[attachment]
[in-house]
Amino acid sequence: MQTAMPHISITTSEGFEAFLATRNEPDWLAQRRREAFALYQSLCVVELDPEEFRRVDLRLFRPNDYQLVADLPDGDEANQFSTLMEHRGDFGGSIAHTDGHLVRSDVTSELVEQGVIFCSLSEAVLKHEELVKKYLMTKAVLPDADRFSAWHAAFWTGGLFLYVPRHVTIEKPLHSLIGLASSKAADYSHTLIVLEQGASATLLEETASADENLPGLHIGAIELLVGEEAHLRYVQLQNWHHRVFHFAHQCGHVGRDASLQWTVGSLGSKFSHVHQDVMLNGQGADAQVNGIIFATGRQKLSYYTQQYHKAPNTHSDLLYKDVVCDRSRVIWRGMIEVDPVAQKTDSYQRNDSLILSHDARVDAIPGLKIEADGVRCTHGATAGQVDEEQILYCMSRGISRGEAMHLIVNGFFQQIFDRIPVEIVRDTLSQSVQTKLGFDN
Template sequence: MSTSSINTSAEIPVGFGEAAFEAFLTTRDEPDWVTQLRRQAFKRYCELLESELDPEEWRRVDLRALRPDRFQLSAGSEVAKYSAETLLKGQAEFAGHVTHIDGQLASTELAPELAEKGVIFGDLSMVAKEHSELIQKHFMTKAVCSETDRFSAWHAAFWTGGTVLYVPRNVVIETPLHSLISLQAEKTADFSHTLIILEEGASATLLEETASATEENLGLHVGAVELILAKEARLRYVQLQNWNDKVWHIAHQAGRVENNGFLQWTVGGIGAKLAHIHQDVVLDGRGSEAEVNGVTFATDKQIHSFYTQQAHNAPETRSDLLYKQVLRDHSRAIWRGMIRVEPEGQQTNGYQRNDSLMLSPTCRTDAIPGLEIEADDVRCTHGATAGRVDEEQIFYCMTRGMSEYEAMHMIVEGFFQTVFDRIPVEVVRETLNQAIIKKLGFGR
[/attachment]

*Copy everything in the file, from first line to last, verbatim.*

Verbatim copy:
[in-house]
Amino acid sequence: MQTAMPHISITTSEGFEAFLATRNEPDWLAQRRREAFALYQSLCVVELDPEEFRRVDLRLFRPNDYQLVADLPDGDEANQFSTLMEHRGDFGGSIAHTDGHLVRSDVTSELVEQGVIFCSLSEAVLKHEELVKKYLMTKAVLPDADRFSAWHAAFWTGGLFLYVPRHVTIEKPLHSLIGLASSKAADYSHTLIVLEQGASATLLEETASADENLPGLHIGAIELLVGEEAHLRYVQLQNWHHRVFHFAHQCGHVGRDASLQWTVGSLGSKFSHVHQDVMLNGQGADAQVNGIIFATGRQKLSYYTQQYHKAPNTHSDLLYKDVVCDRSRVIWRGMIEVDPVAQKTDSYQRNDSLILSHDARVDAIPGLKIEADGVRCTHGATAGQVDEEQILYCMSRGISRGEAMHLIVNGFFQQIFDRIPVEIVRDTLSQSVQTKLGFDN
Template sequence: MSTSSINTSAEIPVGFGEAAFEAFLTTRDEPDWVTQLRRQAFKRYCELLESELDPEEWRRVDLRALRPDRFQLSAGSEVAKYSAETLLKGQAEFAGHVTHIDGQLASTELAPELAEKGVIFGDLSMVAKEHSELIQKHFMTKAVCSETDRFSAWHAAFWTGGTVLYVPRNVVIETPLHSLISLQAEKTADFSHTLIILEEGASATLLEETASATEENLGLHVGAVELILAKEARLRYVQLQNWNDKVWHIAHQAGRVENNGFLQWTVGGIGAKLAHIHQDVVLDGRGSEAEVNGVTFATDKQIHSFYTQQAHNAPETRSDLLYKQVLRDHSRAIWRGMIRVEPEGQQTNGYQRNDSLMLSPTCRTDAIPGLEIEADDVRCTHGATAGRVDEEQIFYCMTRGMSEYEAMHMIVEGFFQTVFDRIPVEVVRETLNQAIIKKLGFGR